#Wayne Swan#Julia Gillard#politics#Tony Abbott#Australian budget#Jenny McAllister#politicians

Australia's Top Politicians

|Oct 20|magazine11 min read

Written by Sharise Cruz

 

Julia Gillard

Prime Minister

When Julia Gillard became Australia’s 27th Prime Minister, she broke several longstanding records.

Not only is Gillard the first female to ever hold the position, she is the first who has never been married and the first since Billy Hughes (1915-1923) to have been born overseas.   

Gillard was born in Barry, Wales and moved with her family to Australia when she was five years old.

She got her first introduction to politics during her second year at the University of Adelaide, but decided to take a different route initially, moving to Melbourne and earning a law degree.  During her time in Melbourne, Gillard’s political leanings strengthened as she led the Australian Union of Students and served as secretary of the Socialist Forum.

Eventually, Gillard became Deputy Prime Minister of Australia in 2007 and Prime Minister in 2010, succeeding Kevin Rudd.

During her time in office, Gillard has said that her leanings are toward issues in education and that she’s not very interested in foreign policy. Gillard’s membership in the Victorian Left faction of the Labor Party has been described by biographer Jacqueline Kent as “more organisational than ideological,” as Gillard’s election to Prime Minister occurred because of support from the Right factions of the party.

In contrast with predecessor Rudd, Gillard is against a “big Australia,” saying that “Australia should not hurtle down the track towards a big population.”

Wayne Swan

Deputy Prime Minister and Treasurer

Wayne Swan is Julia Gillard’s right hand man and Australia’s financial wiz.

Swan has been an Australian Labour Party member of the Australian House of Representatives and became Treasurer after Labour’s 2007 election win.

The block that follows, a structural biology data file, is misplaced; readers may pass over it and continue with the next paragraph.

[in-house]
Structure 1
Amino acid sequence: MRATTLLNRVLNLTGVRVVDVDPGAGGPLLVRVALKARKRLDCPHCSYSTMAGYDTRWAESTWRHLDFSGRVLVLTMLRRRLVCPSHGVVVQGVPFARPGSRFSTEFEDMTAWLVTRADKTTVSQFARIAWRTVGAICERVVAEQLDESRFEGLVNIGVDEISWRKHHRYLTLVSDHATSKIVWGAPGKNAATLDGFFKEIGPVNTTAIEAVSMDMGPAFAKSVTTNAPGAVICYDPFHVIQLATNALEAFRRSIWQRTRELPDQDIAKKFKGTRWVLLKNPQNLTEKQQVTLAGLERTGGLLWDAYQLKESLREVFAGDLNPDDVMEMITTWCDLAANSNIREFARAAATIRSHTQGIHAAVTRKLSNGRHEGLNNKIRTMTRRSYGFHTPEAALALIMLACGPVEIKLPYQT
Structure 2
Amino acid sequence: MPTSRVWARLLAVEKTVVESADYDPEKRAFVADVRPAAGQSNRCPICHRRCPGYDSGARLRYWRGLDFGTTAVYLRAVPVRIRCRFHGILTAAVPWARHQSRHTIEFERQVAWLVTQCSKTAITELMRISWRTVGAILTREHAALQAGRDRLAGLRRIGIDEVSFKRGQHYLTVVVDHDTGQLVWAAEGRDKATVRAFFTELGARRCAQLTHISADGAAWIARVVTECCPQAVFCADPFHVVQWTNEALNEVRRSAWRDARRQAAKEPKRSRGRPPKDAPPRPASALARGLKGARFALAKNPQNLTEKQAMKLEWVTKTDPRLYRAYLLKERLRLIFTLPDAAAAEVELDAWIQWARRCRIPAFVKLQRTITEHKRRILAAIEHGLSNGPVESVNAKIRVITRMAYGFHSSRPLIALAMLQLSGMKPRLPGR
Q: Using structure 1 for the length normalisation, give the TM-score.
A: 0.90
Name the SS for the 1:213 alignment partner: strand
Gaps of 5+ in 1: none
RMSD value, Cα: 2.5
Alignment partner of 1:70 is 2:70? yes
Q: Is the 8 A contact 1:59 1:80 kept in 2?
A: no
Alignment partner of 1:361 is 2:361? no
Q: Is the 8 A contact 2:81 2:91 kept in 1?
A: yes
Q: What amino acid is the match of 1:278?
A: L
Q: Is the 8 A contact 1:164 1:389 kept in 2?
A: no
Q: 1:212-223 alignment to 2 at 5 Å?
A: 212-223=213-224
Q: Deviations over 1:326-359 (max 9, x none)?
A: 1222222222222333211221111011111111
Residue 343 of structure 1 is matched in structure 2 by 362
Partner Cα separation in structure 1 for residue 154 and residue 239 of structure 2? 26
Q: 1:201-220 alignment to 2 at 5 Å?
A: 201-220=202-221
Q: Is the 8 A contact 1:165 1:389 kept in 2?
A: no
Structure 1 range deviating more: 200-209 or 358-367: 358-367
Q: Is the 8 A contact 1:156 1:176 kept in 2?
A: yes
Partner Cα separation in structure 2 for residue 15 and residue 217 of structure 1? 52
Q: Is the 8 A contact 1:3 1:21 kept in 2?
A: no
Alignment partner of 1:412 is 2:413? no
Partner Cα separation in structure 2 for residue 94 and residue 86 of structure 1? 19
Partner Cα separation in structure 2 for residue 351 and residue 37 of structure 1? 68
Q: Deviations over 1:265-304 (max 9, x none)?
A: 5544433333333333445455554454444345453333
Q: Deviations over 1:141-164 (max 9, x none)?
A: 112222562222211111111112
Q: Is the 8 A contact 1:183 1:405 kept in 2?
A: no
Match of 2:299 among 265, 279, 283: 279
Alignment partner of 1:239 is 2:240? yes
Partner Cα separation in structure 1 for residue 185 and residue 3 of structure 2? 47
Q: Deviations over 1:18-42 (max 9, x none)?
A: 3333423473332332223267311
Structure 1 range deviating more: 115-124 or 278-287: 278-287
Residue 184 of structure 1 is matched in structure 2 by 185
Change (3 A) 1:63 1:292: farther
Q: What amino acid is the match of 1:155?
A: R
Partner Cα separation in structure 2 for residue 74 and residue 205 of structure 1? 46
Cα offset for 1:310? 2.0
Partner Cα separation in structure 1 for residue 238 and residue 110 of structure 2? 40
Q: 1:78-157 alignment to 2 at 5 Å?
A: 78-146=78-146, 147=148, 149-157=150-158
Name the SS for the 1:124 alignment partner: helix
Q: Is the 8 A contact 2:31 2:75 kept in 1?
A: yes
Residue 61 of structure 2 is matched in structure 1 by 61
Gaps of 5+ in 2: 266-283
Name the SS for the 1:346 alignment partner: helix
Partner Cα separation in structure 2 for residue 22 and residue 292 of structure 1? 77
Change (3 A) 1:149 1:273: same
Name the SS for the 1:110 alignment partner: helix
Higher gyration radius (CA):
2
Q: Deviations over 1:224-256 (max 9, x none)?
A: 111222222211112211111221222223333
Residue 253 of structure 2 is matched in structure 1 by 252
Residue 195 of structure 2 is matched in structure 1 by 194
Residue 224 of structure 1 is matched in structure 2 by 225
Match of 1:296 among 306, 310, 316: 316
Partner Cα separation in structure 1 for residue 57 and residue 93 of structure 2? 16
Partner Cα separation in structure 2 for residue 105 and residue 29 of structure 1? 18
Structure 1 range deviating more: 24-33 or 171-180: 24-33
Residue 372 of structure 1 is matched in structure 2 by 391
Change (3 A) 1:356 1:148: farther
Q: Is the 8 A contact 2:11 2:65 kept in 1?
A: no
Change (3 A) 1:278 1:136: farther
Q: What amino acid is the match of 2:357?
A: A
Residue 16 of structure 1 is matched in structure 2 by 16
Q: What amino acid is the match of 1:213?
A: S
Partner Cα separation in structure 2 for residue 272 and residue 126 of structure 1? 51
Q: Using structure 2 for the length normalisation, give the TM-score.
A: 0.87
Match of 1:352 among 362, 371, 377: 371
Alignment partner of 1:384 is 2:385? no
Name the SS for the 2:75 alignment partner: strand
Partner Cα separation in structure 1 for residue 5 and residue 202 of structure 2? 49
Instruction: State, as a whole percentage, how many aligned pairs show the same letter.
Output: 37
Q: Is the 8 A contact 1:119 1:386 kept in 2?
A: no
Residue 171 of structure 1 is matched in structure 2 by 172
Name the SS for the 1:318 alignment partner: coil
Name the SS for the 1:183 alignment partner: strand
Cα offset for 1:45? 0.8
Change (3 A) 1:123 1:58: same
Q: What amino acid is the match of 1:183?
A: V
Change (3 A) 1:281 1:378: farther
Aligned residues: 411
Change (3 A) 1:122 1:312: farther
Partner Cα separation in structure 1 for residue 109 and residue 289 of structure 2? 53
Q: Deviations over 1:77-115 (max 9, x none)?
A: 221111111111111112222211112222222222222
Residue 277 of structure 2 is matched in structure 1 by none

Earlier this year, Swan released Australia’s 2011-2012 budget, insisting that it needs to toughen up in order to deliver a surplus in 2012. Swan has pledged to return Australia back into the black by initiating $22 billion in cuts over four years, including a halt on the income limit on family assistance at $150,000 a year.

“...The purpose of this Labour Government and this Labour Budget is to put the opportunities that flow from a strong economy within reach of more Australians,” Swan said during his 2011-2012 Budget Speech. “We are on track for surplus in 2012-13, on time, as promised.”

Jenny McAllister

Australia Labor Party President

Jenny McAllister has been a Labour party member since 1992, and operates with the notion that her active party membership can make a difference on important issues.

Throughout her career, McAllister has been active in campaigns for the environment, peace and women’s parliamentary representation.

In 2003, McAllister co-founded the Labour Environment Activist Network with Premier Kristina Keneally. Now a national organisation, the LEAN campaigns within the ALP on environmental issues, particularly climate change. 

McAllister’s politics focus on economics, indigenous culture and policy, the environment and Australia’s role in the Pacific.

Tony Abbott

Leader of the Opposition in the Australian House of Representatives and federal leader of the centre-right Liberal Party of Australia

Abbott has held several government positions, including Minister for Employment Services, Minister for Employment and Workplace Relations, Minister for Health and Ageing and Leader of the House.

Abbot supports Australia’s constitutional monarchy and has argued against a republican system of government in the past.

He has also gone on the record doubting the science of climate change, saying that the economics of an Emissions Trading Scheme was “a bit dodgy.”

In 2009, Abbott told the Australian Broadcasting Corporation:

“I am always reluctant to join bandwagons. I think there are fashions in science and in the academe, just as there are fashions in so many other things. But look, we should take reasonable precautions against credible threats. I think it is perfectly reasonable to take action against climate change. The problem with the Rudd Government’s position is that Australia could end up impoverishing itself through this dramatic ETS, and not do anything for the environment if the rest of the world does not adopt an ETS or something like it.”

Abbott has taken similarly strong stances on other subjects, as he is pro-life, an opponent of embryonic stem cell research and euthanasia, and has stated that he would not amend Australian law to recognise gay marriage.